# As easy as riding a bike

• lavalamp

#### lavalamp

Simple question really, why is it easy to balance on a bike when you are moving fast but hard to balance when you are going slowly or are stopped?

Originally posted by lavalamp
Simple question really, why is it easy to balance on a bike when you are moving fast but hard to balance when you are going slowly or are stopped?

Because of several effects, the main one being the conservation of angular momentum. Read here:

http://www.physicscentral.com/lou/lou-01-1.html

Zz.

The automatic steering occurs for two reasons. First, there is gyroscopic precession that occurs when the spinning front wheel experiences torques from the ground. When the bicycle tips to the left, forces from the ground twist the spinning wheel so that its angular momentum shifts from leftward to rearward. This complicated precession effect causes the wheel to steer left toward the left.
I don't quite get this paragraph, could you clear it up for me please.

I understand the rest of the article, I just don't know how a gyroscope works, what a gyroscopic precession is or why the front wheel experiences torques from the ground.

I am not even sure that I understand what that paragraph says.

I do know this from personal experience. When riding on my bike with no hands on the handle bars if I apply a very gentle pressure to the end of the right handle with my pinky finger the bike immediately leans to the RIGHT and the front wheel eagerly follows to the RIGHT, thus I have initiated a turn to the right by pushing on the right handle bar.

A spinning bike wheel is a form of a gyroscope, it is the gyroscopic forces generated which make it POSSIBLE to ride a bike. If you do not already have one find a toy gyroscope and explore the forces generated when it is spinning.

heres an even odder one, why does a top not fall over when its spinning?

as for that paragraph, it means that when the bike leans over to the left, the ground turns the front wheel left and causes the bike to turn left, this cause a change in momentum as the bike accelerates to the left and this change in direction pushes the bike over to the right. So it means that the bike, when in motion, is self correcting. The top i understand visually how it corrects itself, but I am not going to explain that one.

should we confuse him more by telling him about the whole "turn right to go left" thing on a bike?

Originally posted by Gara
should we confuse him more by telling him about the whole "turn right to go left" thing on a bike?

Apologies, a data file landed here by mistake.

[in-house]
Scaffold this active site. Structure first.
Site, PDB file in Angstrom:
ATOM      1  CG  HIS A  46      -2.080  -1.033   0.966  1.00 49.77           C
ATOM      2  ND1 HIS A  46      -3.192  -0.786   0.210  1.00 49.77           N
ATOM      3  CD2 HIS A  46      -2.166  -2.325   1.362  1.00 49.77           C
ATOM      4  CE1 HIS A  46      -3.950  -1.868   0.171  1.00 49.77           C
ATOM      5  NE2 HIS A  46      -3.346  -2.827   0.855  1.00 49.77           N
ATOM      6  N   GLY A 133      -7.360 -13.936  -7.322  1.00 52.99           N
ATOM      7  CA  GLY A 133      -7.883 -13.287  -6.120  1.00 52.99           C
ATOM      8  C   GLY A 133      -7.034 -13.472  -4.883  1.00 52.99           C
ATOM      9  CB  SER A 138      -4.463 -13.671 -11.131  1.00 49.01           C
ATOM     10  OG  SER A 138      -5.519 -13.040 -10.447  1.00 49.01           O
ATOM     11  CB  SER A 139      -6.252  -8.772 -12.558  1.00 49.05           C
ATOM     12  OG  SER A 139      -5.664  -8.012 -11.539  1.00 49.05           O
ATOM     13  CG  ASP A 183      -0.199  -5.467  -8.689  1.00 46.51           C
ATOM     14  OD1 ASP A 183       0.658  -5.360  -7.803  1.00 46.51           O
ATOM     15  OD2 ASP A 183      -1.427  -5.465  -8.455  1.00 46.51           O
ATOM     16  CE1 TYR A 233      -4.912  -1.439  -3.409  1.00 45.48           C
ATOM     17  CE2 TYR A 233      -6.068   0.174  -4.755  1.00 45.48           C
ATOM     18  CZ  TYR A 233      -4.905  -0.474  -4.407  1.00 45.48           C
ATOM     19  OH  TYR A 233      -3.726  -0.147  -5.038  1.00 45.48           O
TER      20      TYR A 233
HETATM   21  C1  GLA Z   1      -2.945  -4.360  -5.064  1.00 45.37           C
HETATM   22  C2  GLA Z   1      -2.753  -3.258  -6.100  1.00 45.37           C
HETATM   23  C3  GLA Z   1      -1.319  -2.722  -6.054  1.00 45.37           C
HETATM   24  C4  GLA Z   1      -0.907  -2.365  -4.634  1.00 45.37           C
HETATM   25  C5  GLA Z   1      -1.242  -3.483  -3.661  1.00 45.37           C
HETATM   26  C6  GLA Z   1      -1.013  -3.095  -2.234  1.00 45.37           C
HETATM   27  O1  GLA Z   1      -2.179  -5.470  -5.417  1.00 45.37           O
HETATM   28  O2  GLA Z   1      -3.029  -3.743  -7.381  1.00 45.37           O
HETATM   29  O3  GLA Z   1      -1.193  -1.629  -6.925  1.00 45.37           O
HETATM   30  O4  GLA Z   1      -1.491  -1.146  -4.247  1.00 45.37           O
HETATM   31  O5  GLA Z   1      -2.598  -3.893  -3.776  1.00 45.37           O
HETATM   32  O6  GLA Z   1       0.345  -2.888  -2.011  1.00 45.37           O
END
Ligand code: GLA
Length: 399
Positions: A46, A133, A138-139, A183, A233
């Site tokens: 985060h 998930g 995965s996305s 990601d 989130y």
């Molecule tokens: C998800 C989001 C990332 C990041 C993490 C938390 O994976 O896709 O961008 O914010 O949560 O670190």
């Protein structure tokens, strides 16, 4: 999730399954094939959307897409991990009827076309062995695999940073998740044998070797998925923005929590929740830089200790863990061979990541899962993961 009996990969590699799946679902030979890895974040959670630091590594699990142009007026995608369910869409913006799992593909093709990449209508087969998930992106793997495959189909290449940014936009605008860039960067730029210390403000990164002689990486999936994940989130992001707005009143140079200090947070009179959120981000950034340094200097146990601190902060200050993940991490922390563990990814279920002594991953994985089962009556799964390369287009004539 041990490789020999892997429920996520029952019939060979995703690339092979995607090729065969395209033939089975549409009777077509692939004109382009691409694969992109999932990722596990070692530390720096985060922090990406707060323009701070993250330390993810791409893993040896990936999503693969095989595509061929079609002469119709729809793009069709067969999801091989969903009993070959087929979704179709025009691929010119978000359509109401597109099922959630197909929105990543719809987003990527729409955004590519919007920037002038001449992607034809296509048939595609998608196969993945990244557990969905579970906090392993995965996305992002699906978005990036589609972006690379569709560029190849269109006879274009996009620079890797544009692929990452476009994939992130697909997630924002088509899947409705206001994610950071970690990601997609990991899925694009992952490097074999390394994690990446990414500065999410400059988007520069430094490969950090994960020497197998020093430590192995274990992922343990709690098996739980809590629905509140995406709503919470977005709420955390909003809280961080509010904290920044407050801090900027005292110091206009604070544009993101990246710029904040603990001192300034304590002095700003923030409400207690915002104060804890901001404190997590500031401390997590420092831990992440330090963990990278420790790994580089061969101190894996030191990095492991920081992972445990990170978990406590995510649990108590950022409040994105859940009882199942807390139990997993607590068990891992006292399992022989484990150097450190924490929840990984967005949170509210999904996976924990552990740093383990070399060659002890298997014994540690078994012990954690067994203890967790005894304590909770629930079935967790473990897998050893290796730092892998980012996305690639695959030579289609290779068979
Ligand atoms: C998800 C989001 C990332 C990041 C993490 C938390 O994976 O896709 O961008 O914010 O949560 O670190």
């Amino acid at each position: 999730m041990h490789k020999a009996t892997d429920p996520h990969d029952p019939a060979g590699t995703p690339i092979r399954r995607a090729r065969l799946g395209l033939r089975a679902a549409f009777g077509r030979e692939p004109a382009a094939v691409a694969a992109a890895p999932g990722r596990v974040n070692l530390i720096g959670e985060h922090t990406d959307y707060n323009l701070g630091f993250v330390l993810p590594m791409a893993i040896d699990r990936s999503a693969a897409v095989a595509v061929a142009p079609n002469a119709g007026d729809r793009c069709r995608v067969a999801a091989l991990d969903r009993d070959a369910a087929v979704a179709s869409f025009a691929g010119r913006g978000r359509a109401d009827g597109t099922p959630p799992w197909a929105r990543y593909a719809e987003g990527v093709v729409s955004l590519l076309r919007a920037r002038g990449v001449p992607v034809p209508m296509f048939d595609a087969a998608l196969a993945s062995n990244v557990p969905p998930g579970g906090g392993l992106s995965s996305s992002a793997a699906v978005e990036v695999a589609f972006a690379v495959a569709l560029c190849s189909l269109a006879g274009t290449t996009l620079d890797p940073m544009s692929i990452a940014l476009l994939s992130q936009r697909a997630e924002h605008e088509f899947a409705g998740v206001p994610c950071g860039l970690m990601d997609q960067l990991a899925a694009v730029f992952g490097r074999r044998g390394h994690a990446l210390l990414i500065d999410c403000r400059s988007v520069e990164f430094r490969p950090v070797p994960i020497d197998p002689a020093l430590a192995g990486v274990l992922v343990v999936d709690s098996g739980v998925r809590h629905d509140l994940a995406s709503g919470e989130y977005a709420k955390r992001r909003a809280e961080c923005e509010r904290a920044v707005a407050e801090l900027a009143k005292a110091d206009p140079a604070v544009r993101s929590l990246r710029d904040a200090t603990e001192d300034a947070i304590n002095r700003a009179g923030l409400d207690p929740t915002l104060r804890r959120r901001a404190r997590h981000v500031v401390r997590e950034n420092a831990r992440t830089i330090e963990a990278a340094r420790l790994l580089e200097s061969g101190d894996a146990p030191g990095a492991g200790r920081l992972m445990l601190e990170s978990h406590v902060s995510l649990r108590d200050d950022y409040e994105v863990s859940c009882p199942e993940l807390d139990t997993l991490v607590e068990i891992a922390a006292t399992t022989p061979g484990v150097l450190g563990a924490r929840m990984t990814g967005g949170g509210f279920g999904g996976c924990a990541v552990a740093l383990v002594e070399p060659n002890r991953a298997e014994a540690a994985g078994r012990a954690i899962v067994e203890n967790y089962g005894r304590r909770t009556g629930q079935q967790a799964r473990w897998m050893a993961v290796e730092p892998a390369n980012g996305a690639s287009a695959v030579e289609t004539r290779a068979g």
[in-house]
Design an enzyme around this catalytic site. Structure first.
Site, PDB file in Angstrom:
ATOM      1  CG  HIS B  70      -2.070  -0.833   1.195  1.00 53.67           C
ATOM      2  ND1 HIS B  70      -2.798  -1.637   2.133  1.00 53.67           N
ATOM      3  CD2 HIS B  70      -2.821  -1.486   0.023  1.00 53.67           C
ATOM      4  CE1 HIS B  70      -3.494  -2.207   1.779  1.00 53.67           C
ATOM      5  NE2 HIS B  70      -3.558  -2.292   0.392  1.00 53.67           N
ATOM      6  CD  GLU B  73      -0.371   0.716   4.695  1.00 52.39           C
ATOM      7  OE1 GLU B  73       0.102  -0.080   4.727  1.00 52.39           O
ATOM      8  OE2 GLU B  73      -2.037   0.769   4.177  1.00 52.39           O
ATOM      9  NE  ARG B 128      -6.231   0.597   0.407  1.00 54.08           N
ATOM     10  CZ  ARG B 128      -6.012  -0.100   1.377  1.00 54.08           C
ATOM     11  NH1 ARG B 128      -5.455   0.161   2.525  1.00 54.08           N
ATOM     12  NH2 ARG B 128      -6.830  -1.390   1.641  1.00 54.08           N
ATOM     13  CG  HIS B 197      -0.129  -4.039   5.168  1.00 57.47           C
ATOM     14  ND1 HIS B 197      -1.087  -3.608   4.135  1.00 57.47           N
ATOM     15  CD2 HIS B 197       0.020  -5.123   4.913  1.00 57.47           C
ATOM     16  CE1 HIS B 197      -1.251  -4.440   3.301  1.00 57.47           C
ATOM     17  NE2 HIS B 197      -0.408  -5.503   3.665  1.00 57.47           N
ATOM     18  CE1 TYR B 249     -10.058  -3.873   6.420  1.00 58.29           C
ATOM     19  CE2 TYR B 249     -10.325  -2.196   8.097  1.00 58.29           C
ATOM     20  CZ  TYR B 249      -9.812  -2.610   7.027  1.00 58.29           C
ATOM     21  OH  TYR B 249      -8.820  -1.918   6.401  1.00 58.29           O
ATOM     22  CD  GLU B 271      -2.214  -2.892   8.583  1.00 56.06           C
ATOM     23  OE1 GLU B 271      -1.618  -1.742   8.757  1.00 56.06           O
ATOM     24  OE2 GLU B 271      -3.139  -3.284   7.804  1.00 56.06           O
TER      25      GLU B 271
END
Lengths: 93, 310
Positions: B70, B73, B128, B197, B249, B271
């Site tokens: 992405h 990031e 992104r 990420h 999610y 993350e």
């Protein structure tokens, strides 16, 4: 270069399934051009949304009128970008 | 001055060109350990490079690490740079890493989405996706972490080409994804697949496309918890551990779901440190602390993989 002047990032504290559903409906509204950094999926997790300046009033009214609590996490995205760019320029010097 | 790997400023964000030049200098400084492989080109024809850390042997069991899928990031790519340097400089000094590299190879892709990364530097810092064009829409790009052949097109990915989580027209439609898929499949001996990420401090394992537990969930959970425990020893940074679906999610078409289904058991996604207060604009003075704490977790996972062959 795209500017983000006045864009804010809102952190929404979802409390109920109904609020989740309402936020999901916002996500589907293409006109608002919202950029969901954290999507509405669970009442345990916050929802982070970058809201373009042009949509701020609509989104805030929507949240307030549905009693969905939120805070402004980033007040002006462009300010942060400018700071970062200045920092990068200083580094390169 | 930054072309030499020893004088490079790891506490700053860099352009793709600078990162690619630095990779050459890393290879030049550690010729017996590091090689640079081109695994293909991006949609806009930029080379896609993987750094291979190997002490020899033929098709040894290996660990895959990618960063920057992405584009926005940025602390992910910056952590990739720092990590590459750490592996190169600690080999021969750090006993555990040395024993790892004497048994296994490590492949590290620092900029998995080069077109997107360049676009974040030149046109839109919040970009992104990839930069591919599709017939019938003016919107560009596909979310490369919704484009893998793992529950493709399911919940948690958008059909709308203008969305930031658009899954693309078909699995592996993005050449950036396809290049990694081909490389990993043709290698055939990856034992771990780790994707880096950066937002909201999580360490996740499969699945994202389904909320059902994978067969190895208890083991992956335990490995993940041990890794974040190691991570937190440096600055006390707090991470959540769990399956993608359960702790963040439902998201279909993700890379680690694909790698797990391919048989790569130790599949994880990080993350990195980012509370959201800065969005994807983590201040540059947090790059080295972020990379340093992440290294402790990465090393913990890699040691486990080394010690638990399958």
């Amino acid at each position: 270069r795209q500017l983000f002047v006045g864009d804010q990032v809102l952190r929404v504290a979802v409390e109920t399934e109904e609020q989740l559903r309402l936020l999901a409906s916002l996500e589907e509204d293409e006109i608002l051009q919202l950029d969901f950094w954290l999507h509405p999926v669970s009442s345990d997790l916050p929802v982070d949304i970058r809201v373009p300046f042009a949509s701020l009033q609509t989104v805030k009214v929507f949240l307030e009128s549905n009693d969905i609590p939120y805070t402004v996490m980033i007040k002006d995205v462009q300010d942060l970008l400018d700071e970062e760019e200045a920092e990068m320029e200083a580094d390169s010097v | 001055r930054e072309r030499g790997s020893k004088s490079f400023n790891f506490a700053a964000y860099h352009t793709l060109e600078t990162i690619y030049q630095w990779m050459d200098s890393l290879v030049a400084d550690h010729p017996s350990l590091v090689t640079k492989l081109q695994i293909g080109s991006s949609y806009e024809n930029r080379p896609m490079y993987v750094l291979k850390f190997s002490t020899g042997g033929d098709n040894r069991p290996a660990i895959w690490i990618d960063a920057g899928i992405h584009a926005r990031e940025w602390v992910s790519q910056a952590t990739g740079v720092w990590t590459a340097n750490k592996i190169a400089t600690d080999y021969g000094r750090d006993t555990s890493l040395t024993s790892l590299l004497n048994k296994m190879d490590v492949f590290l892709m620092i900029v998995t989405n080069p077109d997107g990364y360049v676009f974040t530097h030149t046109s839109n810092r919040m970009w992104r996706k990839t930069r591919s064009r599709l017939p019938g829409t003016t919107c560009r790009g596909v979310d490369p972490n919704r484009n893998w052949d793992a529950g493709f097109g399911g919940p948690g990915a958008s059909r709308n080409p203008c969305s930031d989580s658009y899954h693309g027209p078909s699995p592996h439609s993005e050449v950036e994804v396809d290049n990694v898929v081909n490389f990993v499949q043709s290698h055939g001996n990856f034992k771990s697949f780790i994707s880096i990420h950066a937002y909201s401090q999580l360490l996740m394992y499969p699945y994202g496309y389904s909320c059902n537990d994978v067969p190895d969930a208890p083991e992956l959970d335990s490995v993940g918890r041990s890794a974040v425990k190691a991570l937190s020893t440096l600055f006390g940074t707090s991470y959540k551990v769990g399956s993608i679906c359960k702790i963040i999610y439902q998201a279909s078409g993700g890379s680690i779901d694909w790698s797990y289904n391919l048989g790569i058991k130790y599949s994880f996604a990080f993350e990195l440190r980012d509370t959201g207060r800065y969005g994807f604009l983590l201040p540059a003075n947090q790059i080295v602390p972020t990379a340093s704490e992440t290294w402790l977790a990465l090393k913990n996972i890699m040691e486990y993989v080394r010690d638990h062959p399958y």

Didn't revesz just cover this one?

Originally posted by lavalamp
Simple question really, why is it easy to balance on a bike when you are moving fast but hard to balance when you are going slowly or are stopped?

A bike is not stable. Stand it up by itself and it will fall over. Whether you are on it or not, it will fall over (not quite true if your really skilled, but pretty close to true). There's no mystery. But when it is moving, you subconciously steer to correct balance. That's all there is to it. All discussions of gyroscopes are beside the point. The gyro provides a means of allowing steering inputs to correct balance, but it's not even the only one.

An analogous situation is standing on one skate. It's hard to do without hopping around. But if you're moving forward on one skate, balance is no problem.

"Didn't revesz just cover this one?"

no, he did not. he said if a bike leans left the bike turns left.

i was saying about turning right to go left.

Originally posted by Gara
"Didn't revesz just cover this one?"

no, he did not. he said if a bike leans left the bike turns left.

i was saying about turning right to go left.

I think we are all pretty clear that you can turn right 3 times instead if you want to go left.

no, i mean that if you want to turn left on a bike moving at speed, the best way to take that corner is to slightly turn the handlebars to the right. this makes the bike lean left. then, to go back up, turn left, this will pull the bike up again. I am sure some one else can explain it better.

Originally posted by Gara

I am sure some one else can explain it better.
No, you did just fine. A wordier explanation is http://www.triumf.ca/people/baartman/bike/steering.html [Broken]

Last edited by a moderator:
Originally posted by Gara
im sure some one else can explain it better.
I like your version a lot more. The Rake and Trail paragraph was terrible.

I had always wondered why dirt bikers turned into corners the wrong way, now I sort of know.

The reason you turn left to go right and vice versa is the following: Think about driving down the road in a car, you turn right and the body of the car rolls to the left and puts it's weight on the left tires. Think back to a bike. You turn right and the body of the bike falls left. Therefore when (at speeds above 10mph)you want to go left push the handlebars right to get the bike to lean and then follow up by leaning in that direction. The bike will pull that way. It's a lot more natural when you are on the bike, it sounds weird when trying to type it out.

Also the gyroscopic effect has a lot to do with the way the bike stays up right. If you don't believe so do this little experiment. Get an old bike wheel and tire. The wheel must still be on the axle. Now hold the axle with both of your hands and get a buddy to spin it hard while you are holding it out striaght. Now try to tilt the tire and wheel. It will want to go back up stright and will be hard to tilt. Also like when you roll a penny and it doesn't fall over until its slowed down...